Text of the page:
Sociology Current

Anti-Conversion Laws

Anti-Conversion Laws

Published on:
04 Nov 2023

Written by:
Pranay Aggarwal

Share on:
LinkedIn Sharing Twitter Sharing Anti-Conversion Laws Facebook Sharing Anti-Conversion Laws WhatsApp Sharing Anti-Conversion Laws


The News:

The Gujarat Government said that it would approach the Supreme Court challenging the stay granted by the High Court on certain sections of the Gujarat Freedom of Religion (Amendment) Act, 2021; that seeks to stop religious conversions through inter-faith marriages using force or allurement or fraudulent means.

Gujarat Freedom of Religion (Amendment) Act, 2021:

The amendment aimed at bringing the 2003 law in line with the laws enacted in other states like UP, Madhya Pradesh and Himachal Pradesh.

The law seeks to prohibit conversion in marriage, even if it is with the consent of the individual, except when prior sanction is obtained from the state.

The new anti-conversion laws shift the burden of proof of a lawful religious conversion from the ‘converted’ to his\her partner, defines “allurement “in vague terms, prescribes different jail terms based on gender and legitimizes the intrusion of family and society at large to oppose inter-faith marriages.

The High Court order observes that the law, “Interferes with the intricacies of marriage including the right to choice of partner under Right to Life, Article 21 and stands against Right to freedom of religion under Article 25.”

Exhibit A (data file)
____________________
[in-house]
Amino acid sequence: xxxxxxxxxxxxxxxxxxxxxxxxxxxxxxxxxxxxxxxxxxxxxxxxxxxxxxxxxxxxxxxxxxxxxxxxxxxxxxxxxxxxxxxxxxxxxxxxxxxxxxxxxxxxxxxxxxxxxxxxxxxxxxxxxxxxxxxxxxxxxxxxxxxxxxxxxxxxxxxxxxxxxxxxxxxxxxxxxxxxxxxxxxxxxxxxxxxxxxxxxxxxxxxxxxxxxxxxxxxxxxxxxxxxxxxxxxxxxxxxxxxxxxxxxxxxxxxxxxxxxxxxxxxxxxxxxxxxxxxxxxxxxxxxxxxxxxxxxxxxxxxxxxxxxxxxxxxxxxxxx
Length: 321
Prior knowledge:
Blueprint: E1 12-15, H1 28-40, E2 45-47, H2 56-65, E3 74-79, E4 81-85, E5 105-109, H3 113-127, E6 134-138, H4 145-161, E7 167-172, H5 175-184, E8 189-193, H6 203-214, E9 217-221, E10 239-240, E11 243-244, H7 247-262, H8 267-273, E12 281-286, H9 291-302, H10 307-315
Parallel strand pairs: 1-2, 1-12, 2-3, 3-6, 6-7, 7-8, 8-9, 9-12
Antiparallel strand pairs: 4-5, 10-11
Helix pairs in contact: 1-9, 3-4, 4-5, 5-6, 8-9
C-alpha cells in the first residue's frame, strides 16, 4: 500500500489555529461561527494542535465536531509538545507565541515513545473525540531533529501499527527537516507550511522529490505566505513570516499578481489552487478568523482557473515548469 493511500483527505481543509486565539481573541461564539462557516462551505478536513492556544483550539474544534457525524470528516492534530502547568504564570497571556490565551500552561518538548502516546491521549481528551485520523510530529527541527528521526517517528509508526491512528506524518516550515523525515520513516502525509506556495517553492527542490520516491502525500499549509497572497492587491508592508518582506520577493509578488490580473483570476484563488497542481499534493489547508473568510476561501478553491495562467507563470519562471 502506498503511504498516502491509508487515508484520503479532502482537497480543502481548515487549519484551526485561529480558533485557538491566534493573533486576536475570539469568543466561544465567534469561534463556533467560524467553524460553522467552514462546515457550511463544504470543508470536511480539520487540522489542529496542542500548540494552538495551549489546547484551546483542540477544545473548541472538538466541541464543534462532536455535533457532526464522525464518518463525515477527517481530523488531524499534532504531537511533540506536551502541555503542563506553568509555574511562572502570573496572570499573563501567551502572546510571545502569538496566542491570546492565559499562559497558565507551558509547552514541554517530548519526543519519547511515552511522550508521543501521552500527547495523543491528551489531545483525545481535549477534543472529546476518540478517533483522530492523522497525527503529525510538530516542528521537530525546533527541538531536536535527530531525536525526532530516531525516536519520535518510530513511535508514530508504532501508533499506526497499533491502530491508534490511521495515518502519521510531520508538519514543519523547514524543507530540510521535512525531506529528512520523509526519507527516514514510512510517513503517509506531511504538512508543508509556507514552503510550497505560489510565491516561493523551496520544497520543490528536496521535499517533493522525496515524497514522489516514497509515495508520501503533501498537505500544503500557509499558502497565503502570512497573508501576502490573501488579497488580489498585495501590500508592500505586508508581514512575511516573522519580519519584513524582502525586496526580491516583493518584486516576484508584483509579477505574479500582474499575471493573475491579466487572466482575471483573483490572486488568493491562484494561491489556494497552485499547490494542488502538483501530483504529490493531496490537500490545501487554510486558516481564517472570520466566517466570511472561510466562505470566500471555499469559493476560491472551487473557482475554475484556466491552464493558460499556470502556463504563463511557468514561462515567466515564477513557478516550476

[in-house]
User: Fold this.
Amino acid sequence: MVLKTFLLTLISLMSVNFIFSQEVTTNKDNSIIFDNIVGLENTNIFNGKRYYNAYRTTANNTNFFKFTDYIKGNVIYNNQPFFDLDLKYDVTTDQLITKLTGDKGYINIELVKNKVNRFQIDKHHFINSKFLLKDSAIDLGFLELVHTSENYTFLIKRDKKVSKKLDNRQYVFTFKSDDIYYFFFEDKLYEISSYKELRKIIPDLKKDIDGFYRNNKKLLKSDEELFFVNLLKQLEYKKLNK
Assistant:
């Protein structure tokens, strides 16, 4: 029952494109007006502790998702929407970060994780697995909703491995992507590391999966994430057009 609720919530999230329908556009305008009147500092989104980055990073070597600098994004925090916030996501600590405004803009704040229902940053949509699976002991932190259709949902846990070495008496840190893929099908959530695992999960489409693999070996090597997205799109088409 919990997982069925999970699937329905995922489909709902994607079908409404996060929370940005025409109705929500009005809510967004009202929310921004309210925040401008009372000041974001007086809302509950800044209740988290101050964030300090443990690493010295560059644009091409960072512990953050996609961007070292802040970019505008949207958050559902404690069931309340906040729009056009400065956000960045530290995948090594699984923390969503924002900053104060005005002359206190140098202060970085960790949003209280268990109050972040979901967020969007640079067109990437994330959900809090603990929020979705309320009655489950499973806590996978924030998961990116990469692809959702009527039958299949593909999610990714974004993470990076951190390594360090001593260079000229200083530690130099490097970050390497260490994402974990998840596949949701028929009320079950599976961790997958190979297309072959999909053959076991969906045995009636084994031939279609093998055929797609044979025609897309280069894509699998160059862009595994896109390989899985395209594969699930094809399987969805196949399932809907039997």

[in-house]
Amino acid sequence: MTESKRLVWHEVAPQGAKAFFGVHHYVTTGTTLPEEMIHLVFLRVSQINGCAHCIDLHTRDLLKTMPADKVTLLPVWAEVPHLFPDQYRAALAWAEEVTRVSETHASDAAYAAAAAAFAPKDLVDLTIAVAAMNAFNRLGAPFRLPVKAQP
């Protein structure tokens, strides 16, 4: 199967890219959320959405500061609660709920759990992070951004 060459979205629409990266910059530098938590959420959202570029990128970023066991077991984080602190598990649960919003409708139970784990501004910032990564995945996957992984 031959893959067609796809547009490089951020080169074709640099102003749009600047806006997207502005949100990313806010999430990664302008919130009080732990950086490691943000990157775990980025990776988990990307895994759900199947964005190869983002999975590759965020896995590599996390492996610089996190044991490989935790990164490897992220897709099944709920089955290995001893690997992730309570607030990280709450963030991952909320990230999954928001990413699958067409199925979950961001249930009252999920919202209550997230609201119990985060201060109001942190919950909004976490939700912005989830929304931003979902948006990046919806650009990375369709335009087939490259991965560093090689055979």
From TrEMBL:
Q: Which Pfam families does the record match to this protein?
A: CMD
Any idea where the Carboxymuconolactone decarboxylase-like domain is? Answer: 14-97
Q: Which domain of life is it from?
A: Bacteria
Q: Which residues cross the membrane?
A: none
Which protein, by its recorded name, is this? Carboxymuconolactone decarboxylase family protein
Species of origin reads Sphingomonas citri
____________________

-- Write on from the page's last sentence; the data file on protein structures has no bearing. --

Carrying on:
Sociology of Anti-conversion laws:

Christophe Jaffrelot writes that Criminalization of these marriages emboldens right-wing vigilante groups as well as police apparatus. Hence, under the garb of protecting women from forced conversion, women choosing interreligious marriages become vulnerable to attacks.

Saumya Uma writes that these anti conversion laws do not take into consideration the social and demographic profiles of women and their ability to make informed choices. Instead it treats women as a ‘homogeneous’ group of vulnerable and ignorant beings and infantilizes women.

Geeta Ramaseshan writes that feminist law research have documented how family members of women, in the name of family and community honor, misuse criminal law, lodging false complaints of kidnapping, rape and other offences as tools to punish and seek revenge on husbands-to-be in choice marriages. Thus, police and lower judiciary act in their official capacity as extensions of father’s authority over their daughter(Uma Chakravarti)

Manisha Gupte, in context of rural Maharashtra, writes that while “Men posses Honor, women possess the “gendered counterpart “of honor, namely “shame”. Since men lose honor through behavior of women in their families or kinship, the control over women’s behavior becomes imperative, as does punishing transgressors”. This becomes the rationale behind honor killings and Anti-Romeo squads working against Love Jihad.

In a research conducted in 12 districts in UP, a total of 298 applications were recieved for registration from 2015-19 under the progressive Special Marriage Act. However, only 56% of the marriages resulted in solemnization of the marriage. The need for a notice period and multiple bureaucratic hassles were significant reason behind this. Under the circumstances, the marriages often are solemnized through the family law governing either party, which often requires religious conversion. Niti Saxena argues that given the unequal power dynamics that exist in most marital relationships (including choice marriages), women invariably convert for marriages. Hence, removing the bureaucratic red tape around Special Marriage Act and its implementation can play a more pragmatic role in reducing conversions in marriage.